July 2020 Book of the Month

“Judy & Liza At The End Of The Rainbow”

by Darwin Porter and Danforth Prince

JUDY! AND LIZA!—the greatest mother-and-daughter saga in show biz—live again in the tear-soaked pages of my latest show biz biography, Too Many Damn Rainbows, co-authored with Danforth Prince for Blood Moon Productions.

The tragic ending of the last days of Judy was recently brought to the screen by Renée Zellweger in the film, Judy, which won her a Best Actress Oscar. The real Judy died young and nearly destitute at the age of 47 in a mews house in London, where she was living with her fifth husband, Mickey Deans.

The unique saga of the teenage girl who immortalized herself as Dorothy in The Wizard of Oz is evoked for today’s audience. It’s all here—the glamour and the glitz, the countless love affairs that included Frank Sinatra and John F. Kennedy; the drugs and the booze; the nightmares and the suicide attempts; and also the triumphs and glory.

One of Judy’s biggest hits was the song, “The Man That Got Away.” In her case, all of her lovers got away, as she plunged into five disastrous marriages and many aborted affairs.

Having been fired by MGM, she made a spectacular comeback in A Star is Born (1954), but her glory was short lived. We visit the concerts where an ovation could last thirty minutes, or end in disaster as she was pelted with objects thrown at her from the audience.

As MGM’s tap-dancing Ann Miller predicted, “It is unlikely the world will ever see the likes of Judy and Liza ever again.”


“My mother—hailed as the world’s greatest entertainer—lived eighty lives during her short time with us,” Liza said.

Lesser known is the sometimes jealous rivalry between these two stars, as Judy faded into the 1960s, and Liza began her slow emergence. She crawled out from behind Judy’s shadow to become a star in her own right, especially in the film Cabaret (1992).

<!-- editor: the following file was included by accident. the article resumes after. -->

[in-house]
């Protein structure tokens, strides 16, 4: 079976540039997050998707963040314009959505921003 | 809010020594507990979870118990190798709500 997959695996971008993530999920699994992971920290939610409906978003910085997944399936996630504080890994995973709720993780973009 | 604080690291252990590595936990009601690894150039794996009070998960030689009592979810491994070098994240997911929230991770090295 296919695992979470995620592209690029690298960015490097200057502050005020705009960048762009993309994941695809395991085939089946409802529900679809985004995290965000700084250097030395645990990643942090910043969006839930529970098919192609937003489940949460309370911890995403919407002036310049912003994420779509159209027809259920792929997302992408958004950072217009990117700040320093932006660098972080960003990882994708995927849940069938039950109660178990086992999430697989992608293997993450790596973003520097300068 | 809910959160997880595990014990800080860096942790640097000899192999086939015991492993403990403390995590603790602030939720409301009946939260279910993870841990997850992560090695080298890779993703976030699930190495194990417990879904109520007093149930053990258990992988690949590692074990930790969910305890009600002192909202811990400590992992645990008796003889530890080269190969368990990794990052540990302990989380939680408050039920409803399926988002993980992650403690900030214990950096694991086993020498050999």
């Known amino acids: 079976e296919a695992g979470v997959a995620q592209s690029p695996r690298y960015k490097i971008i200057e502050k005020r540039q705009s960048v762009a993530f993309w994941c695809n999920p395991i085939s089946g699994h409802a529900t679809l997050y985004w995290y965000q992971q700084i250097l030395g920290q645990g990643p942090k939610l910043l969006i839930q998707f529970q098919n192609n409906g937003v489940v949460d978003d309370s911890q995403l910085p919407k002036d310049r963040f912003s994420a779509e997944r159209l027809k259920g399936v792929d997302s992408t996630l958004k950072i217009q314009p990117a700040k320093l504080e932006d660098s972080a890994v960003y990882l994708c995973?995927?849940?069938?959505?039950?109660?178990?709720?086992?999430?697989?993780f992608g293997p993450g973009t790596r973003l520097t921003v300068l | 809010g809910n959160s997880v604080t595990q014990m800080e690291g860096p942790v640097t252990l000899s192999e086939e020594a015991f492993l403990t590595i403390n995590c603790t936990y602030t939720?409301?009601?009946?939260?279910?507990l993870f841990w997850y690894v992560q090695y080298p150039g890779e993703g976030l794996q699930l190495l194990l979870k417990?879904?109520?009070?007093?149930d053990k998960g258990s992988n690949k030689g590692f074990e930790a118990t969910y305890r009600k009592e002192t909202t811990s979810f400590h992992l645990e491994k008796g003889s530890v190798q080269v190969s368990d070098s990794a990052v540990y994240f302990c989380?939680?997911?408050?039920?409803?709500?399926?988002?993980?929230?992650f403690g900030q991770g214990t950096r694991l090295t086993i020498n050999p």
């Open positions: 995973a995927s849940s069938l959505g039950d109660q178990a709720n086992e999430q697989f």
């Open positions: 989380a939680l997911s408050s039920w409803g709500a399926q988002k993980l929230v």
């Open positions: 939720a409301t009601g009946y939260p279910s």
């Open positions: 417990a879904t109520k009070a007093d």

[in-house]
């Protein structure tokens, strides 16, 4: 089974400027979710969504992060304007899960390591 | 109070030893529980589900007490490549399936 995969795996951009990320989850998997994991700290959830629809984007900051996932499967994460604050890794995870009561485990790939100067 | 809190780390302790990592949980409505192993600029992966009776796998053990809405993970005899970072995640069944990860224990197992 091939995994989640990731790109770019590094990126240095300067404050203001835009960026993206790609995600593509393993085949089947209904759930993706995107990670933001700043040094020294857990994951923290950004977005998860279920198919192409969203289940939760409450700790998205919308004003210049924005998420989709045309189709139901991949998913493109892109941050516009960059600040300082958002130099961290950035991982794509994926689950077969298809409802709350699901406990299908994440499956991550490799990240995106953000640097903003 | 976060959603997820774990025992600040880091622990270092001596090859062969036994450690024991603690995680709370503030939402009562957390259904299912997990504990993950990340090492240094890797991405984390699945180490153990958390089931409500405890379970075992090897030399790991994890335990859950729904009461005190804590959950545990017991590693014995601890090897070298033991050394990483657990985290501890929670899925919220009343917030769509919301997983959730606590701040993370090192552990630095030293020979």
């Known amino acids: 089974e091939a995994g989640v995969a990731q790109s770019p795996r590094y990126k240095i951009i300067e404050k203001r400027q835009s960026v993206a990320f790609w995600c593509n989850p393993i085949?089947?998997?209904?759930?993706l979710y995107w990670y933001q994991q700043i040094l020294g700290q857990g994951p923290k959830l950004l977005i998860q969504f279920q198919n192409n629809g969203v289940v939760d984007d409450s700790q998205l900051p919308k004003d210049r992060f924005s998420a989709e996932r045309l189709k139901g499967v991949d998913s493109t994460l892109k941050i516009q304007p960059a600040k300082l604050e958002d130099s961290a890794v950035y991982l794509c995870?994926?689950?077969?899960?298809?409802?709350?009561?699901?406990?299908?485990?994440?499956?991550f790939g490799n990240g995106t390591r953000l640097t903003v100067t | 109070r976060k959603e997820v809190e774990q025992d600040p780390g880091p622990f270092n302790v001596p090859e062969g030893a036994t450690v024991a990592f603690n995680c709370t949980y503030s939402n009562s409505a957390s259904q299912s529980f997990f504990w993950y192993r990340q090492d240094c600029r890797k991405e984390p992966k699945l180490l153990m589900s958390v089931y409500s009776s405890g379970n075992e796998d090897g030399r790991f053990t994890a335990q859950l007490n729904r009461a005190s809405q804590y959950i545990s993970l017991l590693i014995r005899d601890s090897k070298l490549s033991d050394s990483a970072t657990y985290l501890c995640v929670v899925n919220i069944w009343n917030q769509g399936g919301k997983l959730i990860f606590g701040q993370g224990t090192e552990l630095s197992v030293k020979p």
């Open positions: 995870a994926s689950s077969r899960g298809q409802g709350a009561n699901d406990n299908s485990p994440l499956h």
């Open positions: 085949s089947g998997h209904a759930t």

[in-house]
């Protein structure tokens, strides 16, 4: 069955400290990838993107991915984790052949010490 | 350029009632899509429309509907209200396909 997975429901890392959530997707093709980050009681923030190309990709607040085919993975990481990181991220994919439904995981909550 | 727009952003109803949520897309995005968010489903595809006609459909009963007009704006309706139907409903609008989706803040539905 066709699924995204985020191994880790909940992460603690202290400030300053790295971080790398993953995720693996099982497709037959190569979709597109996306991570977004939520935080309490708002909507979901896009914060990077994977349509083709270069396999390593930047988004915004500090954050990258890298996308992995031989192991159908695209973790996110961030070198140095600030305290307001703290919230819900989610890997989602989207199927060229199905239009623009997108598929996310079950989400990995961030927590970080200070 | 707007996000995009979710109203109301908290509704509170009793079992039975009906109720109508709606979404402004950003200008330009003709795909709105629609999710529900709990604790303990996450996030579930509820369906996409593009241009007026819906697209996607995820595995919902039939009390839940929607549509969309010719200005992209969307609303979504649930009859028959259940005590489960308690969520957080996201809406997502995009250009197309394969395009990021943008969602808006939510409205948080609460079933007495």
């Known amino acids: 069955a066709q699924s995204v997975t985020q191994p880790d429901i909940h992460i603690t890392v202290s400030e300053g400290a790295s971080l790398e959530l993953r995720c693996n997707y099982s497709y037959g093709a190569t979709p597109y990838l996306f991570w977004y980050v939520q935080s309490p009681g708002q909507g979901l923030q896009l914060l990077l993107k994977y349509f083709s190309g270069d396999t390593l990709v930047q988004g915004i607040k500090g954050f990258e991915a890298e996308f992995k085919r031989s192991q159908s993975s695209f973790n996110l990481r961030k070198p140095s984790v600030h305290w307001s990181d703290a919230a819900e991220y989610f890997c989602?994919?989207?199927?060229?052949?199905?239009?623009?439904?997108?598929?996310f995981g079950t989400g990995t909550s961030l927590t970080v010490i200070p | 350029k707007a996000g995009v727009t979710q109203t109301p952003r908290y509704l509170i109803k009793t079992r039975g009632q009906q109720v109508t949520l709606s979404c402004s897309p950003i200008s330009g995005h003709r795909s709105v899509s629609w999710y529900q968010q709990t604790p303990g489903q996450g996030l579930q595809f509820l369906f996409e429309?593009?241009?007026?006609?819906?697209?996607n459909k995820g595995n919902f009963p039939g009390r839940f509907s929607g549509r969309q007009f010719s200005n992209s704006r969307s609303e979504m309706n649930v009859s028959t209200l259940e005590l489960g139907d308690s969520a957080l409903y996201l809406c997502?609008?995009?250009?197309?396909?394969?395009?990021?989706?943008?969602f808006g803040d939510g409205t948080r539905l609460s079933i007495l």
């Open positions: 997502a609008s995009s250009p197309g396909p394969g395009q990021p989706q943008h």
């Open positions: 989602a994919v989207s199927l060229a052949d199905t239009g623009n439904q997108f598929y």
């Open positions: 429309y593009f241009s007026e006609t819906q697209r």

“I did it my way and on my own,” Liza said. She had her own whirlwind of heartbreaks, battles, and a dizzy, fast-changing love life, choosing all the wrong men, as her mother had done.

Each of them led roller coaster lives, Judy telling her daughter, “You’ve got only one life to live, so make it a hell of a ride.”

For the first time, the secret life of the acclaimed director, Vincente Minnelli, is revealed. Liza’s father (Judy’s husband) was one of the creative forces behind Meet Me in St. Louis (1944), An American in Paris (1951), and Gigi (1958). Judy complained that her flamboyant, lipstick-wearing husband spent more time in bed with Gene Kelly than with her.

For millions of fans, Judy will forever be the innocent Dorothy dancing down the Yellow Brick Road in The Wizard of Oz (1939) to the other side of the rainbow. Liza followed her down that road, searching for both the childhood and the love that always eluded her.

Judy Garland survives today as a cult goddess, her movies still shown and her recordings heard (and sometimes memorized by fans) around the world.


is still with us, nursing memories of her former acclaim and her first visit as a little girl when she went to visit her parents at MGM, the “dream factory” of the Golden Age of Hollywood.

For many stars, none more so than Judy, Hollywood became the Boulevard of Broken Dreams. This book reveals a pithy slice of it.


Judy Garland and Liza Minnelli, Too Many Damn Rainbows is by celebrity author Darwin Porter and his co-author, Danforth Prince. Softcover with 734 pages and 200 photos, it’s the never-before-told saga of the greatest mother-daughter act in show business.


For more information about Porter’s biographies of Hollywood legends click on www.BloodMoonProductions.com. For information about how you can meet him for an overnight at his home in New York City, click on https://AirBnb.com/h/Magnolia-House
or contact DanforthPrince@gmail.com. Be sure to listen to Darwin’s discussions with Anita at regular intervals on Zoomertimes TV. Boomer Times: Bringing you better access to a familiar friend.